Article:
Brigadier General Felix Kirk Zollicoffer (1812-1862) C.S.A.

Felix Zollicoffer

Born in Maury County, Tennessee, on 19 May 1812, Felix Kirk Zollicoffer was of Swiss ancestry. He received some formal educational training before entering the newspaper business at age sixteen, and later rose to state prominence as editor of several influential newspapers, including the Nashville Republican Banner. His only military experience before the Civil War was a brief and undistinguished stint as lieutenant in the Second Seminole War in 1836. He served Tennessee as comptroller of the state treasury (1845-1849), state senator (1849-1852), and member of the U.S. Congress (1853-1859). Politically, Zollicoffer was a Unionist and member of the Whig Party until its demise in the mid-1850s. His moderate political stance led to his selection as a member of the ill-fated Washington Peace Conference in 1861.

With the firing on Fort Sumter, Zollicoffer faced the dilemma of maintaining his Union allegiance or supporting his state. He went the way of many others and declared his allegiance to the Confederacy and Tennessee. He was appointed brigadier general in the Confederate army on 9 July 1861 and was assigned to command the east Tennessee district. His specific purpose was to counter the 4,000 Unionist “Home Guards” at Camp Dick Robinson in central Kentucky, whom Confederate authorities believed could at any moment invade eastern Tennessee and control the strategic Cumberland Gap.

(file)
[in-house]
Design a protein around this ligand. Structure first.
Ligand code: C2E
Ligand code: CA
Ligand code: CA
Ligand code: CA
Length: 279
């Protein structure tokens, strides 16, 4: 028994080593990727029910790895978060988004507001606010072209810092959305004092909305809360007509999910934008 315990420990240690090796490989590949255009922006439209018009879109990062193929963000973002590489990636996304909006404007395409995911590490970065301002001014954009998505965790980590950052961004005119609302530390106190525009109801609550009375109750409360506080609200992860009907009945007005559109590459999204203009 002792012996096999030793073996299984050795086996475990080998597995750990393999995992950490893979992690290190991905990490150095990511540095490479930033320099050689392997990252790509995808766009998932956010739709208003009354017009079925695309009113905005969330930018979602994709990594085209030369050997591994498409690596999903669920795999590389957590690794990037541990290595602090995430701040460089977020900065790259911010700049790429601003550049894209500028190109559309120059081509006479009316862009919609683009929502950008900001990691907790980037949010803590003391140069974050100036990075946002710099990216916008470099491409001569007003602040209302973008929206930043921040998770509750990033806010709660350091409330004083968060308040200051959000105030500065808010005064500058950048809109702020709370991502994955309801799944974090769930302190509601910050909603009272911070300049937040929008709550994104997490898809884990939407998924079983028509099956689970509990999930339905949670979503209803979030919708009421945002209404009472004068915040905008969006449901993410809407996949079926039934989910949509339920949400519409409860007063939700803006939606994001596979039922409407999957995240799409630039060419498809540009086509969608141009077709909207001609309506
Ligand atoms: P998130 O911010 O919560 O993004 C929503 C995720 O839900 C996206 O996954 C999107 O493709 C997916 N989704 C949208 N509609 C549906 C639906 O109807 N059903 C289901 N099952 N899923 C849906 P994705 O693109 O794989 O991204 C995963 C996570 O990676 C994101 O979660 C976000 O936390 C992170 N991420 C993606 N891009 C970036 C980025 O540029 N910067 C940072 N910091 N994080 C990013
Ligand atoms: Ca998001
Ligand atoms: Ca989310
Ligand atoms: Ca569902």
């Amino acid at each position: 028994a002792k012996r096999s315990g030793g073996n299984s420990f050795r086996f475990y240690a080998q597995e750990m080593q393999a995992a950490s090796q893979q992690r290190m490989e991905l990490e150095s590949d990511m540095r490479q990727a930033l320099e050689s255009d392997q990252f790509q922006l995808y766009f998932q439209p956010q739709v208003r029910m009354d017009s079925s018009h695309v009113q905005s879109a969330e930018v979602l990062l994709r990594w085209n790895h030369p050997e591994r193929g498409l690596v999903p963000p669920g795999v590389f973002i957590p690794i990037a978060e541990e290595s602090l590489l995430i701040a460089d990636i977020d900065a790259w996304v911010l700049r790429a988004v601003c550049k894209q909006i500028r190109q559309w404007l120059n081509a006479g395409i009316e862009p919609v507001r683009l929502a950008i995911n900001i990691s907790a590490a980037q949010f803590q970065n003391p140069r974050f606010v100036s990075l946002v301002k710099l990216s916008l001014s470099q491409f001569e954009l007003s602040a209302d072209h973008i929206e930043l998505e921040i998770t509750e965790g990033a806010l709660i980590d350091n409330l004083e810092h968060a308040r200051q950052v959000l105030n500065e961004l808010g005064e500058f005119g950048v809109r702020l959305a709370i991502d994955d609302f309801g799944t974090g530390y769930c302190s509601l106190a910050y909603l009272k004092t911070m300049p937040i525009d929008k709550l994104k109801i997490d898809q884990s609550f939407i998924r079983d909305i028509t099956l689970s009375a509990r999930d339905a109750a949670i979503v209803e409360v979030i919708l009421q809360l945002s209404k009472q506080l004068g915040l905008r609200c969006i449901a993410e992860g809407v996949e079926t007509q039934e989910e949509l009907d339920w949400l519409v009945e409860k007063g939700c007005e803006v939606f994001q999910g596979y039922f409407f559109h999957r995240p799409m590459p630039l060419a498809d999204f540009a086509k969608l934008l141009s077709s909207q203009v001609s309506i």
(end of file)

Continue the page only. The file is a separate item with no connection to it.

In early September, Confederate Major General Leonidas Polk violated Kentucky’s neutrality, which prompted Zollicoffer to send several hundred men through Cumberland Gap into southeastern Kentucky. His command consisted of seven infantry regiments and four cavalry battalions, the majority of whom were Tennesseans. Throughout the next several months, Zollicoffer probed southeastern Kentucky, skirmishing with Union troops on occasion¸ but never seriously threatening Camp Dick Robinson. General Albert Sidney Johnston, Confederate commanding general in the West, even advised Zollicoffer against making any further offensive movements, only later to recant and allow Zollicoffer discretion in attacking the enemy.